He grooves to his own music as he plays on stage, and on occasion he looks back at the wall, covered with visualizations. A song plays with reverberating alarms, and dissipates to a rolling thunder of applause. A set of hieroglyphs flash on the massive screen, and I try to grasp what they mean. A sun rises over a polygon mountain. A pair of Italian women talk under the music at a table in front of us, smiling and laughing with big Italian smiles.
I’ve heard this one before. He is in his groove now, and more people have filled the club. A couple people dance by themselves as the heavy song and vibrant visuals coat us listeners in an odd, electronic fog. I seldom consider how prepared these guys are, especially when they run into something at 150BPM and they tap-tap-tap away on music machines, turning knobs and blending track after track. He made it look easy.
A quick intermission allowed me to meet Com Truise after the show and simply thank him for the great show. He was chatting with a couple that met him before I did, so there was an awkward standby moment in front of them as I waited for my chance to interrupt. “Hey man, great show, I’m glad I came out for it.” He was happy to hear it, thanked me, and we shook hands before I made my way back into the club. The next act, Millionyoung, was setting up, and it was only 10pm. I ordered another Red Fish IPA.
Millionyoung was a discovery that resonated with me ever after. They explode from the start in bursts of electro indie flavors comparable to Animal Collective. They open with a track that reverbs harmonic vocals and melodic, beat-infused guitar rock. There is an atmospheric quality in the results, something apt for beach-side parties. They certainly know how to get a crowd moving and cheering. There is energy brewing in their music, and it bubbles over in vocals sweetened by reverberating delays. They use it well, and my head bangs.
If Cut Copy heard this last song, they’d probably go along with the groove. Their sequences of synth, pop, and rock highlight an ambient quality in their vocals. A lady sits alone between us and the Italians, drinking a glass of Vodka neat, and she bobs her head to the beat. The band comes together in a cavalcade of sounds, and despite the odd delay, the vocals really make it great.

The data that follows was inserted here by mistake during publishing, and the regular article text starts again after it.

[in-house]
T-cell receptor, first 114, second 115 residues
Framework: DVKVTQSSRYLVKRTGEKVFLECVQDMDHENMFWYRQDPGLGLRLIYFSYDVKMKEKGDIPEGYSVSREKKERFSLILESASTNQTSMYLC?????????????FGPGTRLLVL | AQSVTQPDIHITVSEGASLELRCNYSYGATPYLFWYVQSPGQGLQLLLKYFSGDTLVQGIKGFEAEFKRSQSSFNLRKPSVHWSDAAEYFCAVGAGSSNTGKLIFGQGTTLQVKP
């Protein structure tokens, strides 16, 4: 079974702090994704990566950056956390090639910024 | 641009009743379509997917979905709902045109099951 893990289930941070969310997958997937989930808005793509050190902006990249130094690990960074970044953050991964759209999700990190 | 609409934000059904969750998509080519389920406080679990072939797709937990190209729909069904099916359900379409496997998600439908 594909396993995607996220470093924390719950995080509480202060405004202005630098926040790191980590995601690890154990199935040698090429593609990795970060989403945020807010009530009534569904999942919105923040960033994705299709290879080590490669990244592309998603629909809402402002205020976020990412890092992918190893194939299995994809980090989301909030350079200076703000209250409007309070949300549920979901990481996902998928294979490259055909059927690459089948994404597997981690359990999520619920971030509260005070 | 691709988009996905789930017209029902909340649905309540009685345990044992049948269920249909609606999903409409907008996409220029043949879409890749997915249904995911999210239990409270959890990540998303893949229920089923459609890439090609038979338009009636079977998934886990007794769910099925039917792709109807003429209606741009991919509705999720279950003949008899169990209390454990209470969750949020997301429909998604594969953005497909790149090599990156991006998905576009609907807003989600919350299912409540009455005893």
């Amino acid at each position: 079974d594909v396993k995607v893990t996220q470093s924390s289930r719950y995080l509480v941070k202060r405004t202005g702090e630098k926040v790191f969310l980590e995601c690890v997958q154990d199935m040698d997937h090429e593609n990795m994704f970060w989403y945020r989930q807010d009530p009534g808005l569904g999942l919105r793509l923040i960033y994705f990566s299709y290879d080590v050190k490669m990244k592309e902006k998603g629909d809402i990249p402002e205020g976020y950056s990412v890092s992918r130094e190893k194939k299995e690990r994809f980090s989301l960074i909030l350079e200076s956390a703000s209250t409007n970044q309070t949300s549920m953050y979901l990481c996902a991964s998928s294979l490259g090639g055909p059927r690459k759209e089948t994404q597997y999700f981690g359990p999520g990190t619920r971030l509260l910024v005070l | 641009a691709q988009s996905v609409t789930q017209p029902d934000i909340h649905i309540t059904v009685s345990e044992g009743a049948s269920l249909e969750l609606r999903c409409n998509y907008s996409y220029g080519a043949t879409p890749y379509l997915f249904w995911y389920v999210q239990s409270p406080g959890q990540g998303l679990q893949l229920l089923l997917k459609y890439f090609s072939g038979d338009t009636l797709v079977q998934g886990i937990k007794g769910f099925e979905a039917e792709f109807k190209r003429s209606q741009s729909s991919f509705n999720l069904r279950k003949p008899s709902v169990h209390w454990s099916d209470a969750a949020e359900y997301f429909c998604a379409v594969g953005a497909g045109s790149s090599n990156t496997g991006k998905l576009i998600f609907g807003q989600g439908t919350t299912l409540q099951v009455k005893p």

We applauded as they collected their things and left the stage. I found them after the show and talked with them briefly, mentioning I traveled from Boston to see the show. They were flattered, and I gave them my card in case there was a chance to see them play in Boston. I had no idea they were playing the following night at Brighton Music Hall, but it wouldn’t have been the same kind of show. I shook their hands and thanked them for the great show, and made my way back into the club. Another Red Fish IPA, and I sit in wait for the final act of the night.
The club was full as Rubblebucket took to the stage. They completely blew the top off any preconception I had. They explore the space around us with harmonic energy. The horns and natural melody in their music bring everything together in a funky groove. They’re beats are uplifting, juxtaposed against afro-like themes and eye-closing harmonies. The crowd was clapping and jamming along, and so was I. The Italians left their table to join the dancing masses, and the lady alone grooves even harder than before in the barstool in front of us. Someone threw a bra on-stage, and everyone was chanting “Happy Holidays!” between songs. The trumpet player did a stage-dive, and everyone was loving it.
I want to know what this song is; it has a happy groove to it, slow but in step with a confident satisfaction. I smile as the vocals take on a jazzy instrumentation, ushering in a breakdown revival of ska and funk. The singer has a great voice that reminds me of Bjork and Sister Nancy. Her melody inspires a state of jam that feels like it could go on for much longer. Thankfully, I think I found the right track, and posted a video for it below.